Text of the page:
Delivery of a range of services should be available to support individuals of working age with health issues to return to/remain in work and well, and these will contribute to improved consistency of approaches, holistic and integrated support, and timely appropriate referrals that ensure individuals are fully supported.
Where a range of relevant services are delivered in a consistent way to appropriate professional standards this will contribute to individuals with work-related health issues receiving holistic, integrated and appropriate support when needed, and more timely referrals between services through improved linkages between relevant partners and services, and through simplified pathways and processes.
Case management approaches, Fit for Work services and the use of guidance and assessment tools and processes for individuals aim to support increased consistency of approaches to supporting individuals. This might include the new Fit Note introduced in 2010, although evaluation and monitoring will be necessary to assess any related impact. There is review level evidence that personal advice and support, incorporating case management approaches, is an effective method of delivering employment services to clients with a disability or chronic illness.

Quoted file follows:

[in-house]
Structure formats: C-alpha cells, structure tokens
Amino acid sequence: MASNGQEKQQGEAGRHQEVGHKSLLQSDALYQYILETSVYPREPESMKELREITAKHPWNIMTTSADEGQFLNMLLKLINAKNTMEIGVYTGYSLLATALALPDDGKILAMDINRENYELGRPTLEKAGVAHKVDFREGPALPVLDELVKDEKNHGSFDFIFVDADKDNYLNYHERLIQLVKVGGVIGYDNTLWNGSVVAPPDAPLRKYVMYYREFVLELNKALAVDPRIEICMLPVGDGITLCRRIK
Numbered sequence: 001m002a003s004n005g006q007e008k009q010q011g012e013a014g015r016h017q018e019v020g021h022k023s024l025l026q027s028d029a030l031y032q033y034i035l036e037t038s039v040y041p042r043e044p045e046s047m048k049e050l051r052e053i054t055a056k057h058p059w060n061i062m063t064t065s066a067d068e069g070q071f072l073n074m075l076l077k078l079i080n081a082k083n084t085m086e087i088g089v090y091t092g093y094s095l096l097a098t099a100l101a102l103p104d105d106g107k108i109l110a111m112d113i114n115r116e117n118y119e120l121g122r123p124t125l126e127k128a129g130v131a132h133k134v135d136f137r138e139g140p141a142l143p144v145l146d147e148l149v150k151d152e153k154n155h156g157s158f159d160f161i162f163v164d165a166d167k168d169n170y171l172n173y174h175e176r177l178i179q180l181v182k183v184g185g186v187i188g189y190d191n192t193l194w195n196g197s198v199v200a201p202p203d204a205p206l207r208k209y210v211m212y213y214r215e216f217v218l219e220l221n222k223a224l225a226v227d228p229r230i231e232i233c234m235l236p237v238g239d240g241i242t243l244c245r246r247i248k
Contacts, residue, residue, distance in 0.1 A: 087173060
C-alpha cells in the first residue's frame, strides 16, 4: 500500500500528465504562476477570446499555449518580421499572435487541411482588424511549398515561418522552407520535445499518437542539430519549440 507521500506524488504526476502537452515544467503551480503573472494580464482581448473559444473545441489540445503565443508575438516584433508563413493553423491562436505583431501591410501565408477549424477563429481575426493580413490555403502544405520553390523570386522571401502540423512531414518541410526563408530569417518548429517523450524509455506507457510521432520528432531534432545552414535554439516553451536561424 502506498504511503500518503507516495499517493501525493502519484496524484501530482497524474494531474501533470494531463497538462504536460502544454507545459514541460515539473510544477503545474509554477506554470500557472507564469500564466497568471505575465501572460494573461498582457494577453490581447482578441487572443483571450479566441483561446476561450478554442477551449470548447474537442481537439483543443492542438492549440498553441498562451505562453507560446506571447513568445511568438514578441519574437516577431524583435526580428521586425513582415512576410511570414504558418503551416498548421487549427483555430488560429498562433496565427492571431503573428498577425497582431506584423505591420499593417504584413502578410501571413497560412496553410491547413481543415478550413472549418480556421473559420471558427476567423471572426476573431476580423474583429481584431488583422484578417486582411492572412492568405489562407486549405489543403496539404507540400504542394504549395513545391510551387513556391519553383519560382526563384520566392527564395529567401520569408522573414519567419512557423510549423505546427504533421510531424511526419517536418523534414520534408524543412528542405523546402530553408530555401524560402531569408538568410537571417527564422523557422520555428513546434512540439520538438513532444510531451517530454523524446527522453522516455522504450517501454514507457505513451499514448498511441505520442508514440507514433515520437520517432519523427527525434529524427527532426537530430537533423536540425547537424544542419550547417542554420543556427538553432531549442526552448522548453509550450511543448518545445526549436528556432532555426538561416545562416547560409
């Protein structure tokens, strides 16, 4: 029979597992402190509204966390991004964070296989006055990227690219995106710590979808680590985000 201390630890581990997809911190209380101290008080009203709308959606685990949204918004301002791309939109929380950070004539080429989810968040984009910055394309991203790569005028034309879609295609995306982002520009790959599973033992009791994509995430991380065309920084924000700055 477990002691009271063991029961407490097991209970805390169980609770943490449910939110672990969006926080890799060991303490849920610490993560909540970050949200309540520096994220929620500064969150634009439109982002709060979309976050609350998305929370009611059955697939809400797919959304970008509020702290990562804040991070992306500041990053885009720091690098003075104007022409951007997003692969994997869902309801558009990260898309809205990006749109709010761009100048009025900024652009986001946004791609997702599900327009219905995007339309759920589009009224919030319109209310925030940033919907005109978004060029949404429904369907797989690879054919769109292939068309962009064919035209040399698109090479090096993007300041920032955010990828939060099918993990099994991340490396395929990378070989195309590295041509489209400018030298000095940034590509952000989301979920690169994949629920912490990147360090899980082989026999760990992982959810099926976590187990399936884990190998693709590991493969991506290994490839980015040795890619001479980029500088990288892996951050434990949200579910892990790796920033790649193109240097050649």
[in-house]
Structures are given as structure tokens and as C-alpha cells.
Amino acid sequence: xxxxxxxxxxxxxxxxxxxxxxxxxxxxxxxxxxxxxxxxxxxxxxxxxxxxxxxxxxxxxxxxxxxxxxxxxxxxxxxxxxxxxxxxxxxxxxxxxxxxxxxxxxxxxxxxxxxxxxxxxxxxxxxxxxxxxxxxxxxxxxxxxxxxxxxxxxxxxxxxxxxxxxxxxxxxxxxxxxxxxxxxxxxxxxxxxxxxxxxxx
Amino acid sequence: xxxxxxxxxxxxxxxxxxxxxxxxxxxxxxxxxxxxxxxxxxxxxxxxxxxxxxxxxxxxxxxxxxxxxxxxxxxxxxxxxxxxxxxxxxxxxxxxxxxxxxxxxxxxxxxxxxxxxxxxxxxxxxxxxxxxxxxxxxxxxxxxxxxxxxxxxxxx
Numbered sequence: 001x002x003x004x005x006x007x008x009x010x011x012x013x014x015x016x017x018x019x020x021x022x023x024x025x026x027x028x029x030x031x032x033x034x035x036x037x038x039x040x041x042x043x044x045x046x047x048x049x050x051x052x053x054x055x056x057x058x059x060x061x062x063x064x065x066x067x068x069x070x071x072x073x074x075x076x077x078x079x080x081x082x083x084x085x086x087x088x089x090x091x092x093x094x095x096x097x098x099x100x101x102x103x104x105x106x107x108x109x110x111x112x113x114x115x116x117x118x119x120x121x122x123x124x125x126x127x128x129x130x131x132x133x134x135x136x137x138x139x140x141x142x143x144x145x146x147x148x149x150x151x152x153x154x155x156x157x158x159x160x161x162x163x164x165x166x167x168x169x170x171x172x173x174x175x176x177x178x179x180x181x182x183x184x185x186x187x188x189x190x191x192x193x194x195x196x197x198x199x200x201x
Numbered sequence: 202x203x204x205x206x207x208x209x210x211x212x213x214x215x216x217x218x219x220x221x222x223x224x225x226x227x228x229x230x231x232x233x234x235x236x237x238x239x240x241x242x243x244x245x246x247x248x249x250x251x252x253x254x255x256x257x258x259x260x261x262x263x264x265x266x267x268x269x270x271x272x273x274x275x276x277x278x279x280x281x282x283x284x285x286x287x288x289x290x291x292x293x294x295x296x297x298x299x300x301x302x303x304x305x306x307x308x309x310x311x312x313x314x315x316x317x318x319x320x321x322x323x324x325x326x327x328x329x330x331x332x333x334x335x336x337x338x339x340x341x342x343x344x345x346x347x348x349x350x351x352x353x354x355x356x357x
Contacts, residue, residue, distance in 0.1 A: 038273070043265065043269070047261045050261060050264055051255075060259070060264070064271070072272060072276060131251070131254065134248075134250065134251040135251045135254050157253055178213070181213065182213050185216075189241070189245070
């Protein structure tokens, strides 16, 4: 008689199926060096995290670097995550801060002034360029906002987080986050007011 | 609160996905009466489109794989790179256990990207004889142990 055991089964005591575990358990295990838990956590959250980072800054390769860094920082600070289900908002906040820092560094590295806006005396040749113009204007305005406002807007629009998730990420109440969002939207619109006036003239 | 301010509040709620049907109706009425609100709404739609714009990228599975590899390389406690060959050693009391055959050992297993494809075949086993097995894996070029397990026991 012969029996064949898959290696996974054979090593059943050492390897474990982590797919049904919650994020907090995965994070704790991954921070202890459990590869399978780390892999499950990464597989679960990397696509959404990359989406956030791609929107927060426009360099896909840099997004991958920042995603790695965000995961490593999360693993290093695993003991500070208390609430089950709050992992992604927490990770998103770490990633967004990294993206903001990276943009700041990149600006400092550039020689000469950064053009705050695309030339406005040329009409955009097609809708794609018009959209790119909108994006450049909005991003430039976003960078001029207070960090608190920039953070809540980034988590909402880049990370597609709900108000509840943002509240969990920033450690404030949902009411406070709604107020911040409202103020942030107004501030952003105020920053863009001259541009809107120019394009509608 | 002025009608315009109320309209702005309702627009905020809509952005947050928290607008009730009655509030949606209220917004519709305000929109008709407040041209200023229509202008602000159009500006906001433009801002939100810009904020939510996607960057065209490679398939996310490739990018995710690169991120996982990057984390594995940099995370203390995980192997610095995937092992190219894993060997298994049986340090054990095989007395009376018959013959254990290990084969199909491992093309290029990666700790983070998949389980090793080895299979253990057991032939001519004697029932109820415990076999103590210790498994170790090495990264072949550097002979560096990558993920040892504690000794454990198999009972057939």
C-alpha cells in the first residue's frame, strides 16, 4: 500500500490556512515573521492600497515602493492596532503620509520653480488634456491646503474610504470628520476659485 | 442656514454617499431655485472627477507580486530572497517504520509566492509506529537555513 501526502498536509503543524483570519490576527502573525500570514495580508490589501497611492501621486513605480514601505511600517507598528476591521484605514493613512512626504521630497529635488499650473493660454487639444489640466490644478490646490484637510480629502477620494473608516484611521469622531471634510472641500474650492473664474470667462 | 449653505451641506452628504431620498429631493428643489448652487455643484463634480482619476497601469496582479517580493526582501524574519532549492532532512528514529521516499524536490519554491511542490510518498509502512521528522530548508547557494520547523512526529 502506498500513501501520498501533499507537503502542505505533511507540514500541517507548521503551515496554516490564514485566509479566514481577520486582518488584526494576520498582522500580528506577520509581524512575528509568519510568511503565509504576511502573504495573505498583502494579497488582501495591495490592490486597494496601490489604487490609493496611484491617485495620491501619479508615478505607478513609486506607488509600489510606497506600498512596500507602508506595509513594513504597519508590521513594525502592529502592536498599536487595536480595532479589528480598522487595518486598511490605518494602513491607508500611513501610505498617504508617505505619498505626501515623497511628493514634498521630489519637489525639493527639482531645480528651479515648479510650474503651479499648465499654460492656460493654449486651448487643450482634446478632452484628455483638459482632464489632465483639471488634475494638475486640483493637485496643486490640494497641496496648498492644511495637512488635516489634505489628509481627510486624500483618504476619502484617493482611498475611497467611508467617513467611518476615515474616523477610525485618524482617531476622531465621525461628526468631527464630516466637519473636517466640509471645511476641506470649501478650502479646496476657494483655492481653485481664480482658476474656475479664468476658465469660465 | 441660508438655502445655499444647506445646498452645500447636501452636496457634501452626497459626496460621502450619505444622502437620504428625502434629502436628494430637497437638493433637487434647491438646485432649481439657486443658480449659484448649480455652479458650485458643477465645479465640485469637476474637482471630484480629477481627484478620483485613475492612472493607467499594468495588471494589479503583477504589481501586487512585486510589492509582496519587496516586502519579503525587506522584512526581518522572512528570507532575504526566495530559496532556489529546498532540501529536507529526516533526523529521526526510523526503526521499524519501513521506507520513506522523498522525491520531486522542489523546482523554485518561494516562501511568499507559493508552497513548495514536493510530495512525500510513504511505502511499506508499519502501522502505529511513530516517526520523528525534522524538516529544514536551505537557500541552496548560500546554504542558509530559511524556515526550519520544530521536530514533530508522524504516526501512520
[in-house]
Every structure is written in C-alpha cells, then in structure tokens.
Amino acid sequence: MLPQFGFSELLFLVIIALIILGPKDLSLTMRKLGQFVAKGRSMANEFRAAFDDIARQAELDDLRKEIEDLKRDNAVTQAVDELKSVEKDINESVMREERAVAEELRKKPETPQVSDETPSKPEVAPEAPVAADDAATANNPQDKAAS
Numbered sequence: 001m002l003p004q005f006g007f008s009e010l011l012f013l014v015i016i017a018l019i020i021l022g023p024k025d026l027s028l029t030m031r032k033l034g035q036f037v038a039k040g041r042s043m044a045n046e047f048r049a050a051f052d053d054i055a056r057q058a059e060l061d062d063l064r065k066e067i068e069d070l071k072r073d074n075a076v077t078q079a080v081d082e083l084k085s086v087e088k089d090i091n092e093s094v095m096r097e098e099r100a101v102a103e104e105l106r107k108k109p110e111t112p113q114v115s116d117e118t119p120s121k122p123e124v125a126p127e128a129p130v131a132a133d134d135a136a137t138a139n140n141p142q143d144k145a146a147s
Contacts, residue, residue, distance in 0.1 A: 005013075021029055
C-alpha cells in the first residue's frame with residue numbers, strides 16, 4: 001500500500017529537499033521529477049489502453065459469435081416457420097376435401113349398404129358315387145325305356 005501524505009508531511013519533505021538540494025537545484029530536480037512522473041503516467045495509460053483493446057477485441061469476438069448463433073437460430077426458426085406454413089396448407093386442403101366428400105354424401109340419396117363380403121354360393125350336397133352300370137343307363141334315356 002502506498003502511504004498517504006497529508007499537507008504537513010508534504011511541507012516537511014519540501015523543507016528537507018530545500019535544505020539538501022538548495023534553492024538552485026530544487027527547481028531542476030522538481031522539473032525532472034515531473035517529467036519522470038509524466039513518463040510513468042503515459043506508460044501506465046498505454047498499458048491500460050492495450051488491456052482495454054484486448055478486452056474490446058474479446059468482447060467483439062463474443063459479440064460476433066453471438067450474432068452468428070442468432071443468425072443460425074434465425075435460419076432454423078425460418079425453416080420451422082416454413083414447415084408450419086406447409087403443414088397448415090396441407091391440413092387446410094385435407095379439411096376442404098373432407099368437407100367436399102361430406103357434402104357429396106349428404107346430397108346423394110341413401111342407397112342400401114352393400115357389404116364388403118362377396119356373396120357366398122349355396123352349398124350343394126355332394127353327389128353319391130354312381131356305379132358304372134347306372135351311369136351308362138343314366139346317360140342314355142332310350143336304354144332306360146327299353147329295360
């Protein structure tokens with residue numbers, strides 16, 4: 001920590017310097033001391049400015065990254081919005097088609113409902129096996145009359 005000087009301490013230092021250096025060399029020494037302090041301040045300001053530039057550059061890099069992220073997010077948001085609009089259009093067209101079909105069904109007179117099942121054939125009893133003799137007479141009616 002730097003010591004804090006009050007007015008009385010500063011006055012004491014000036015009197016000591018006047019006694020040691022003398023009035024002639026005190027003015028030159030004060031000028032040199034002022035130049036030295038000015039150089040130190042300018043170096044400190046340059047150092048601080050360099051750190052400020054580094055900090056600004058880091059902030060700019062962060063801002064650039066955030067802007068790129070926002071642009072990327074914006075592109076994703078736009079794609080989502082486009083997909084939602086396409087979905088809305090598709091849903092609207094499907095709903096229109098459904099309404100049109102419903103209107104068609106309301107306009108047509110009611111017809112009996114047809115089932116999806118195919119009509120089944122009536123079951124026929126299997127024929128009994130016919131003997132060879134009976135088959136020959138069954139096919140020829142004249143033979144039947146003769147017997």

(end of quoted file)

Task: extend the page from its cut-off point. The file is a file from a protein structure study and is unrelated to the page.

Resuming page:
Current evidence highlights a need to improve vocational rehabilitation in the UK. Vocational rehabilitation has been defined as “whatever helps someone with a health problem to stay at, return to and remain in work” 1, as this includes routine healthcare and workplace management in addition to more structured vocational rehabilitation interventions. Evidence shows that many people have common health problems and injuries (mild/moderate musculoskeletal, mental health and cardio-respiratory conditions) whose conditions should be manageable and are therefore a prime target for vocational rehabilitation in the UK. Informed by reviews of effectiveness evidence, Waddell, Burton and Kendall  set out a series of evidence statements relating to common health problems, highlighting evidence to inform practice including, for instance, the importance of coordinated action, clear communication between all players, and early intervention. This review highlights:
a strong scientific evidence base for many aspects of vocational rehabilitation. For instance, effective return to work and vocational rehabilitation intervention depend on healthcare that includes a focus on work and workplaces that are accommodating; both are necessary and inter-dependent.
that improved communication between all players leads to faster return to work and less sickness absence overall, and is cost-effective; and that the duration of sickness absence is significantly reduced by contact between healthcare provider and the workplace.
there are good epidemiological and clinical reasons and widespread acceptance throughout the literature that early return to work and stay at work approaches are appropriate and beneficial for most people with most musculoskeletal disorders.